When you are short of time, here is the one action that will give you 80 percent results in 20 percent of the time.
Reinforce the change with good and bad consequences as warranted.
BY DOING THIS
– Get leaders to set consequences of changing and not changing.
– Monitor compliance.
– Make it easy for leaders to reward or reprimand people’s actions and behaviours.
It doesn't take long for people to revert to pre-change ways of working once the excitement of go-live fades and the project team disbands; the familiarity and comfort of past routines and behaviours is a greater motivator than the benefits gained from change. For many, consequences, both good and bad, are necessary to keep them on track. Being clear on what they are (e.g., good: leader praise, high performance rating; bad: leader feedback, low performance rating). Before launching the change, set expectations for everyone (including leaders).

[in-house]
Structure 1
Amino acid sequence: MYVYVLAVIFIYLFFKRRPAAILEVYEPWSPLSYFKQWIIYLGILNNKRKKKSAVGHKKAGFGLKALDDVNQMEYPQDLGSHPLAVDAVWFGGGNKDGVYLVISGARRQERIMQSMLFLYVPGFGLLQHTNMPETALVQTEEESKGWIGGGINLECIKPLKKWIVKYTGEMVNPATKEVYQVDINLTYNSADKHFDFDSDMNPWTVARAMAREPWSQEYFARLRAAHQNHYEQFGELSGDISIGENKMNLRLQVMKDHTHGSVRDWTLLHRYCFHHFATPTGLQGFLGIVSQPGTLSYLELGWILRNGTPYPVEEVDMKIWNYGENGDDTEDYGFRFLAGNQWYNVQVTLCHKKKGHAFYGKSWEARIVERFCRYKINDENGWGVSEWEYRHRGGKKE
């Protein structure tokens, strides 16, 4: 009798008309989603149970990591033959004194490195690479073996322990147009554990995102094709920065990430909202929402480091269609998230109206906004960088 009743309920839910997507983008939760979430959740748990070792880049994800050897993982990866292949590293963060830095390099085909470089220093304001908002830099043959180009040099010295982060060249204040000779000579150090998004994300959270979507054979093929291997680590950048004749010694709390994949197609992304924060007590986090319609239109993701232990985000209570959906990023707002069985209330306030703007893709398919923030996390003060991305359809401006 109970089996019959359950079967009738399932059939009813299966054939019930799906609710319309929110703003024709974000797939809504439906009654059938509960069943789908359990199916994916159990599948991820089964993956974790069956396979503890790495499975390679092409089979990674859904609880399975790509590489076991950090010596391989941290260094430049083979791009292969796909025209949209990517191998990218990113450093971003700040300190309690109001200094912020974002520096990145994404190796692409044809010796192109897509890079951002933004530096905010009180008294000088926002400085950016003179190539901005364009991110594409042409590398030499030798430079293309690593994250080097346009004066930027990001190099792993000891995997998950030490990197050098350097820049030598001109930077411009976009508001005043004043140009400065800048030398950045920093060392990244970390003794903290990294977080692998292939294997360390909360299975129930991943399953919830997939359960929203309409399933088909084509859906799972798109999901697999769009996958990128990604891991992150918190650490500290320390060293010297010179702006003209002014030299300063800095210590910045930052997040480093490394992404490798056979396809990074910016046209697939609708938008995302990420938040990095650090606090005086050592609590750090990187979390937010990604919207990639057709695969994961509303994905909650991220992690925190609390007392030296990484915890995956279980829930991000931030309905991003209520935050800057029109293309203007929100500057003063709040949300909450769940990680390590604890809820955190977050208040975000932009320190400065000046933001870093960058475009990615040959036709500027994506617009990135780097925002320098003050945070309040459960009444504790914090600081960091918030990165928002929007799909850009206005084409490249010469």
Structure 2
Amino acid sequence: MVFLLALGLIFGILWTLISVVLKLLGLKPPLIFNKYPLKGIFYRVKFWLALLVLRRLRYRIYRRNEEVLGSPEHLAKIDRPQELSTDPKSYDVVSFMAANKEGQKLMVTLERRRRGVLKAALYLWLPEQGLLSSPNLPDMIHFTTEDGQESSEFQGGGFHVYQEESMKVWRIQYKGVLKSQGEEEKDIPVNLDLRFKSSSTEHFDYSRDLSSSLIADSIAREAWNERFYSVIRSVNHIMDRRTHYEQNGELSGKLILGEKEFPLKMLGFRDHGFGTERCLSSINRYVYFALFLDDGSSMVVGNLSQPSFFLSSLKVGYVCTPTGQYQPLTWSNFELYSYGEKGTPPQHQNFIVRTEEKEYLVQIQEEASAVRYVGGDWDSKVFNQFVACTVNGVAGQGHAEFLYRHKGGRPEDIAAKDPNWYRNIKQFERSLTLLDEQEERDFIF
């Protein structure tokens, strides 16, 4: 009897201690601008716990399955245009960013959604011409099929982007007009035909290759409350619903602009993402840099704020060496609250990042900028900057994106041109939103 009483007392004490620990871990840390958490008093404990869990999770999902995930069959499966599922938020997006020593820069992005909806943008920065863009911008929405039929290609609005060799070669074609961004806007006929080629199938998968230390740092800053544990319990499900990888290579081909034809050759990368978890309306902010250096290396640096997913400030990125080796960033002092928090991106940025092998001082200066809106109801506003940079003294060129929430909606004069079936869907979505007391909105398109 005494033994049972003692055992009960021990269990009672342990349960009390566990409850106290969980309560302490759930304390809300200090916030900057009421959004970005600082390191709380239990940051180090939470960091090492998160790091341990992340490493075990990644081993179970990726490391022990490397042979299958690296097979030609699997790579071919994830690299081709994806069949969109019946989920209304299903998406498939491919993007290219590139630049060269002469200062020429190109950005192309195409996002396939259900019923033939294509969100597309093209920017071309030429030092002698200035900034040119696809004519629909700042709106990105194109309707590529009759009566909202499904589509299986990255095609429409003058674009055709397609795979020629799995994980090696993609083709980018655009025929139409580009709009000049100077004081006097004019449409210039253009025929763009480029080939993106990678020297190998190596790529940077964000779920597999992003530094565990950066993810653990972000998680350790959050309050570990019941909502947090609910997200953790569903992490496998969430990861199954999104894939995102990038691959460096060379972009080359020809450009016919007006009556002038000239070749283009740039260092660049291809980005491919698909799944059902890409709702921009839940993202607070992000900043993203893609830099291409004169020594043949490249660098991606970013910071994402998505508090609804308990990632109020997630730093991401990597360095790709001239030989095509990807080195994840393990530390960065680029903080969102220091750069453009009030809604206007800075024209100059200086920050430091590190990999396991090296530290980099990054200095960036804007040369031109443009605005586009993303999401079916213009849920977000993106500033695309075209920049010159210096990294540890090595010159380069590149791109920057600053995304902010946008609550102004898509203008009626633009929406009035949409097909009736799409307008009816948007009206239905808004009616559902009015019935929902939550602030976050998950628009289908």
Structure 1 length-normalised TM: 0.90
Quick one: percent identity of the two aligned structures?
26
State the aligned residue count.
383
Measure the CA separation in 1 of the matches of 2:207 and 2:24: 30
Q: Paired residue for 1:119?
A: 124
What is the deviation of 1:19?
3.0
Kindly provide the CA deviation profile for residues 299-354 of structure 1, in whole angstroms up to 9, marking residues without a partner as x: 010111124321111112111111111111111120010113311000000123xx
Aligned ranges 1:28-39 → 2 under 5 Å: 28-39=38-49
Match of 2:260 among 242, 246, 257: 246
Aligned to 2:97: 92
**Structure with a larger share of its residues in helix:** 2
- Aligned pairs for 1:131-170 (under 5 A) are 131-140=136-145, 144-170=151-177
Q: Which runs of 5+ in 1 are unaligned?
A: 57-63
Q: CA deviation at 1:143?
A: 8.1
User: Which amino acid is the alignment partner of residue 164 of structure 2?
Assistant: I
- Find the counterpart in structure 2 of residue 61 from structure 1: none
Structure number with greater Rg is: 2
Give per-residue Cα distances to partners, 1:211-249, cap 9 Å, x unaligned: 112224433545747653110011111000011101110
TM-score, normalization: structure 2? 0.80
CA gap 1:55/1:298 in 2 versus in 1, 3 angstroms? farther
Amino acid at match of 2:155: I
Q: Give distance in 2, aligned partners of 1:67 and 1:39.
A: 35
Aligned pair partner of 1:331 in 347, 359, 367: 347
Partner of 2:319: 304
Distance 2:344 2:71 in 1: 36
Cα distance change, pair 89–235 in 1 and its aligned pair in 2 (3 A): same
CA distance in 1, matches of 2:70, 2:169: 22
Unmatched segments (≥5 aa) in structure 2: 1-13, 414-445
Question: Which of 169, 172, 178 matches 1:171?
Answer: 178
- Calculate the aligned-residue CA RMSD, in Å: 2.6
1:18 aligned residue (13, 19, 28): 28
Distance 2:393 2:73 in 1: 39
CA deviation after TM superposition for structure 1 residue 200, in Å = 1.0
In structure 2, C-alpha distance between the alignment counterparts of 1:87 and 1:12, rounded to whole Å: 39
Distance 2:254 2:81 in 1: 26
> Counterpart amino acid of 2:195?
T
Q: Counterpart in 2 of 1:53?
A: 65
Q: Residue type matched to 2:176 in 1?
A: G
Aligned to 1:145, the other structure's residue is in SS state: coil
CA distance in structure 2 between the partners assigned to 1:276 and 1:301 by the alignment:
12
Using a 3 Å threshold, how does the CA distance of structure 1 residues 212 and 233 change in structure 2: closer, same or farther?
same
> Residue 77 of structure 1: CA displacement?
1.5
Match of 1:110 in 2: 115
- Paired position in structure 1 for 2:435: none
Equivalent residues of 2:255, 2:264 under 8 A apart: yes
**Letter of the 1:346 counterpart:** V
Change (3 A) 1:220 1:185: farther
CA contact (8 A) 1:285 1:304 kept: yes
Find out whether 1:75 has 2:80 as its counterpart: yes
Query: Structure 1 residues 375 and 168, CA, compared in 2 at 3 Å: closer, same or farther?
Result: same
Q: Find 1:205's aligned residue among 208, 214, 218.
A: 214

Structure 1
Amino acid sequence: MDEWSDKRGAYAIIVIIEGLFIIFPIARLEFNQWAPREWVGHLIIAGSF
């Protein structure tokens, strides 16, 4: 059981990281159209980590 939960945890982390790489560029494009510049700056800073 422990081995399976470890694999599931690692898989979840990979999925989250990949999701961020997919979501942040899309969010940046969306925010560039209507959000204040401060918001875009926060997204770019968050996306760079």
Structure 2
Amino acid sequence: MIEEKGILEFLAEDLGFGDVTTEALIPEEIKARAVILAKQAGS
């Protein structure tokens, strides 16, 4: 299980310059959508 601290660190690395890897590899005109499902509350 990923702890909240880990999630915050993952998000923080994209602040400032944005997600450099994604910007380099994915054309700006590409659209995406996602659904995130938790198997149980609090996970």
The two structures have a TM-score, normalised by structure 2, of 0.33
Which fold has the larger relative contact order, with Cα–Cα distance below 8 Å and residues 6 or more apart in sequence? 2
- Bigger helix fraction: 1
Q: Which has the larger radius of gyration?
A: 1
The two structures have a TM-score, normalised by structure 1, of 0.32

Typically, people will test a leader’s resolve to enforce change by keeping one or two old practices. They will take on even more of them if they aren’t noticed or if there are no negative consequences. Before long, the continuity of new processes is lost. Quickly issuing consequences, both good and bad, will confirm that leaders are serious about the change and the need to support it.
CONSEQUENCE SELECTION TOOL (check all the consequences that apply to your situation): What consequences will leaders support for good and bad behaviour?
Be clear on the consequences of supporting and not supporting the change before go-live so there are no surprises.
The Change on the Run: 44 Ways to Survive Workplace Uncertainty book is now available. Go to http://www.changeontherun.com or your favourite bookseller for more details.
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